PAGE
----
By William Fisher
Human rights advocates and legal scholars are voicing sharp criticism of President Barack Obama’s revisions to the Bush administration’s Military Commissions Act of 2006, characterizing them as unnecessary and saying the new law will lead to further delays and create a system of “second-class justice.”
One powerful advocacy group, the American Civil Liberties Union (ACLU), called on the Obama administration to “abandon the fatally flawed military commissions system and, where evidence of terrorism crimes exists, try the Guantánamo detainees in federal courts.”
Said the Center for Constitutional Rights, an advocacy group that has mobilized dozens of lawyers to defend inmates at Guantanamo Bay, “The use of military commissions will only lead to further delays in a process already long overdrawn. Any new system will inherently fall prey to growing pains and missteps, and years of appeals after trial to sort through the new legal uncertainties created today. Fundamental aspects of the system, such as who may be tried before such commissions, remain vague.”
The group added that the new law “includes ‘conspiracy’ and ‘material support’ as war crimes, contradicting the Obama administration’s prior position that they did not qualify as offenses triable by military commission.”
President Obama signed the new bill into law this week, as part of the National Defense Authorization Act (NDAA).
Other critics of the new legislation were able to point to some improvements over the prior measure. One of them is David Frakt, who served as an Air Force officer and military defense counsel with the Office of Military Commissions. Lt. Col. Frakt, who called the original military commissions “a catastrophic failure,” was defense counsel for a young GITMO prisoner, Mohammed Jawad, who was released this summer to his home in Afghanistan after years in confinement after a military judge ruled his confession was coerced.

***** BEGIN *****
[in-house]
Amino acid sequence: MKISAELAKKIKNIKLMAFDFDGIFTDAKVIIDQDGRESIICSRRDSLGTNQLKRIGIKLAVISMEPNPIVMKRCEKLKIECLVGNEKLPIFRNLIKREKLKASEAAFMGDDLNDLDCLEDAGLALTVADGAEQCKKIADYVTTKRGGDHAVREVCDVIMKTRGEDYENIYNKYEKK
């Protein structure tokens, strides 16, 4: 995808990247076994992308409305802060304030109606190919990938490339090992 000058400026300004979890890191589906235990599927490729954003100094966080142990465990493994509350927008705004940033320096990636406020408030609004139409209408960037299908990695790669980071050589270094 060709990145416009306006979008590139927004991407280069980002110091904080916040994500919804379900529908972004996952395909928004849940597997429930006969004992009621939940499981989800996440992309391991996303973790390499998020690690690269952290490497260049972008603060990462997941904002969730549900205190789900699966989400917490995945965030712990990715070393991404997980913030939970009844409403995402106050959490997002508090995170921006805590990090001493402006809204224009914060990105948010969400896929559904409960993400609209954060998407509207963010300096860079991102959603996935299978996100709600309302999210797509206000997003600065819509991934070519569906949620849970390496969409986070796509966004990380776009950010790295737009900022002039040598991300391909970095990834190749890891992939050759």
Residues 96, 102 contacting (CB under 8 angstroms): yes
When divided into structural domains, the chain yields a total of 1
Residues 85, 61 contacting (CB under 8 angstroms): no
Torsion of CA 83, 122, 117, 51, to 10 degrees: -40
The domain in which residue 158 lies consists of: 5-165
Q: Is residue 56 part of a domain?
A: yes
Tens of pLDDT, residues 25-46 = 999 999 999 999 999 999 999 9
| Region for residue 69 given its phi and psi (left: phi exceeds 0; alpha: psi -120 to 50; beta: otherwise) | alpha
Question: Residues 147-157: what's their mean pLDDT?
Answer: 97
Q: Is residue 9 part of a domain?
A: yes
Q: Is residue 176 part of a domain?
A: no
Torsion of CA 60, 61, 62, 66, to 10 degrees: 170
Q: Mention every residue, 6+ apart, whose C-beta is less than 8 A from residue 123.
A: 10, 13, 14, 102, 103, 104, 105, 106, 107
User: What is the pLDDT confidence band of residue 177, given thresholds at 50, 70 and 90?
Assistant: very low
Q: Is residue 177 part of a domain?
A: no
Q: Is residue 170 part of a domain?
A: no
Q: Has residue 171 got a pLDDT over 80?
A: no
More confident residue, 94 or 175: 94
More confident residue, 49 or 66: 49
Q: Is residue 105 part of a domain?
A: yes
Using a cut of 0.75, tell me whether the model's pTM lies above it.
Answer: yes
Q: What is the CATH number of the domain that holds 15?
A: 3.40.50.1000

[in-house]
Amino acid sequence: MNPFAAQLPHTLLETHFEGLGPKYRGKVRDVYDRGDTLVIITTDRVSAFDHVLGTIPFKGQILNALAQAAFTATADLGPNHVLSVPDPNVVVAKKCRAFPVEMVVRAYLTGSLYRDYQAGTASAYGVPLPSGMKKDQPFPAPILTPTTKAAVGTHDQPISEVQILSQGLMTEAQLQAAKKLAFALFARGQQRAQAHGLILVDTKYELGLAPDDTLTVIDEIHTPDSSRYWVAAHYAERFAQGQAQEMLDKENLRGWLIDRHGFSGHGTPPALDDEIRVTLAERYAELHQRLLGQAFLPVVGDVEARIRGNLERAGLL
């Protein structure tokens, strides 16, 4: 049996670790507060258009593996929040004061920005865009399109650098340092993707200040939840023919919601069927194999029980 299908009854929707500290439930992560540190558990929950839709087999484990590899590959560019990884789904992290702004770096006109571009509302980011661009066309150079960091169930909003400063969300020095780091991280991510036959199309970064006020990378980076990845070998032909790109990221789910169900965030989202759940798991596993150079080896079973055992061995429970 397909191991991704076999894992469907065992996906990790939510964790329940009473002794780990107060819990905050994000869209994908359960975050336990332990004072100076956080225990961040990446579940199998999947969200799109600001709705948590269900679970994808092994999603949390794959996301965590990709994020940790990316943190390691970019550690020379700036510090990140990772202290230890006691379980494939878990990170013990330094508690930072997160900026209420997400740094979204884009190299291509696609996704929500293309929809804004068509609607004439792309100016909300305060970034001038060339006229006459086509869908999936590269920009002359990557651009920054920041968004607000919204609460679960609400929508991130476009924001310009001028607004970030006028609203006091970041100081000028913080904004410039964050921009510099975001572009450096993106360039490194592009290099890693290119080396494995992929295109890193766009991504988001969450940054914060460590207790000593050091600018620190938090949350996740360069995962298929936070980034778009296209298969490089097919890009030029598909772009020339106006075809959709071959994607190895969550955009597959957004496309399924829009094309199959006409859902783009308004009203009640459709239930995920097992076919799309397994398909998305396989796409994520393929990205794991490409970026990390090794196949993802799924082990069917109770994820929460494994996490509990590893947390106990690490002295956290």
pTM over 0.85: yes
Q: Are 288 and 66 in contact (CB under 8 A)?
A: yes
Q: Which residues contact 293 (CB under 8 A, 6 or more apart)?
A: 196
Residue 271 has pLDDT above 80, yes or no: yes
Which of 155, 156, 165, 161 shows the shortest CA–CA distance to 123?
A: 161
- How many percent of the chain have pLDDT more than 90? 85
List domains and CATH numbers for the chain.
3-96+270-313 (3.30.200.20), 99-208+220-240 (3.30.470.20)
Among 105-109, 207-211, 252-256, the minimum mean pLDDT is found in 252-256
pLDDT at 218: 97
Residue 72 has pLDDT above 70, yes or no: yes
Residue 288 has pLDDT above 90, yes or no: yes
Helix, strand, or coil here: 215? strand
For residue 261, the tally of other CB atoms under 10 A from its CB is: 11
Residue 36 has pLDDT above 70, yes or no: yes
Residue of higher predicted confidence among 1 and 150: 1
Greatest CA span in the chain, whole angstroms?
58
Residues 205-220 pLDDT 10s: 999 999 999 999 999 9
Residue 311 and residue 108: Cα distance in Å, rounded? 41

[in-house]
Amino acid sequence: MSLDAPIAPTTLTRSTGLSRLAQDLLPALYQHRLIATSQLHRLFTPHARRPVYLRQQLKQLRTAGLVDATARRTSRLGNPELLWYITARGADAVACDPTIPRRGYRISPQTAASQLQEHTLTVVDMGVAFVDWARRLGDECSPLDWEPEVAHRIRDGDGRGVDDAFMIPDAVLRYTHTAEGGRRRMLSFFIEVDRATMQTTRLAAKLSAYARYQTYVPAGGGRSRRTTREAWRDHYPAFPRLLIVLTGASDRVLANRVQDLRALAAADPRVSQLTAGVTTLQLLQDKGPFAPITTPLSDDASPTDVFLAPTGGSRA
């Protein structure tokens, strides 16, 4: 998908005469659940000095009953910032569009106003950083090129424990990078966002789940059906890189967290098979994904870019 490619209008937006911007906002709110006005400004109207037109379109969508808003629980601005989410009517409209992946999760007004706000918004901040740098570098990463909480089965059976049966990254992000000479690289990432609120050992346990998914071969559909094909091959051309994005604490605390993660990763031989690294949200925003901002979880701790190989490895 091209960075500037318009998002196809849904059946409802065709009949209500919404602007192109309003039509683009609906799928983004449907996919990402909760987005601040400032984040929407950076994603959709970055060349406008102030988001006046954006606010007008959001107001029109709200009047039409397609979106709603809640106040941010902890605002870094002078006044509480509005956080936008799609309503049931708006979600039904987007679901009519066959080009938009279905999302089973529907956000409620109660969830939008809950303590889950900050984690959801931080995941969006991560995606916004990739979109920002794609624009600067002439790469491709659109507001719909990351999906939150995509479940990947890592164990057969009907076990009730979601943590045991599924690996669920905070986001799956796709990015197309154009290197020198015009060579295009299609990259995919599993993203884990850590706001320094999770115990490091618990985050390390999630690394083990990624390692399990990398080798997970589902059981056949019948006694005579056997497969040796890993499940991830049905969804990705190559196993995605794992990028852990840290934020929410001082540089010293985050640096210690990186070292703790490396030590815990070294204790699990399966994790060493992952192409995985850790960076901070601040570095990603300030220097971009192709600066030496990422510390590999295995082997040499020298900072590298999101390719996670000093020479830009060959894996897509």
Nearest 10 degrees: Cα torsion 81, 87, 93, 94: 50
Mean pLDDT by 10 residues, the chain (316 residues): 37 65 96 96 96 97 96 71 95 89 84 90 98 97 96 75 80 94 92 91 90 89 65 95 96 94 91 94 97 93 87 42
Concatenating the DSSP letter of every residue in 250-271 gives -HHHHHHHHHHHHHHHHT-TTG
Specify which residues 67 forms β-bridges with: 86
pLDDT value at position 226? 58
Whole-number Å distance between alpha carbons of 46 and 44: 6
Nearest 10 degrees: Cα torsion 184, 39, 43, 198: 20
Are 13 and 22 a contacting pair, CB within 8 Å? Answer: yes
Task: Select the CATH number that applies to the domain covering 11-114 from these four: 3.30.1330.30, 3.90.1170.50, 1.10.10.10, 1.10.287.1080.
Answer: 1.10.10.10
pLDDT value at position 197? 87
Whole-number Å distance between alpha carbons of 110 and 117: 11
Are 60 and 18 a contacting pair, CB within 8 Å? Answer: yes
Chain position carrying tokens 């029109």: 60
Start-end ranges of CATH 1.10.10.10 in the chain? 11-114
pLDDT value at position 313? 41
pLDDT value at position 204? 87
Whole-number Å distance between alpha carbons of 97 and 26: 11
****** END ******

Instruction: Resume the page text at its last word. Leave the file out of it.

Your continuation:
Frakt, who has returned to his work as a professor at Western State University College of Law in Fullerton, California, told IPS, “Clearly, the new military commissions are a significant improvement, at least on paper, over the previous incarnations. The revisions to the hearsay rules and the establishment of a voluntariness standard for the admissibility of statements are the two most significant improvements.”
However, he added, “The military commissions are still fundamentally flawed in a number of respects. First, there is no requirement of any pretrial investigation, such as a preliminary hearing or grand jury. Second, there is no derivative evidence rule, or ‘fruit of the poisonous tree’ doctrine, so even if coerced statements themselves may be inadmissible, evidence derived from those coerced statements may still be admitted into evidence. Third, the MCA still authorizes the trial of detainees for a variety of offenses that are not traditional war crimes, including material support to terrorism, terrorism, conspiracy, and the invented offense of murder in violation of the law of war. Fourth, juveniles may still be subject to trial by military commission.”
Frakt said military commissions “are wholly unnecessary.” He told IPS, “Now that that the evidentiary rules in military commissions have been tightenened to more closely resemble the rules in federal courts, the real reason for the creation of military commissions -- the ability to gain easy convictions on tainted evidence -- has largely been removed. But the taint of the original process still lingers. The perception that the military commissions are a second-class option remains.”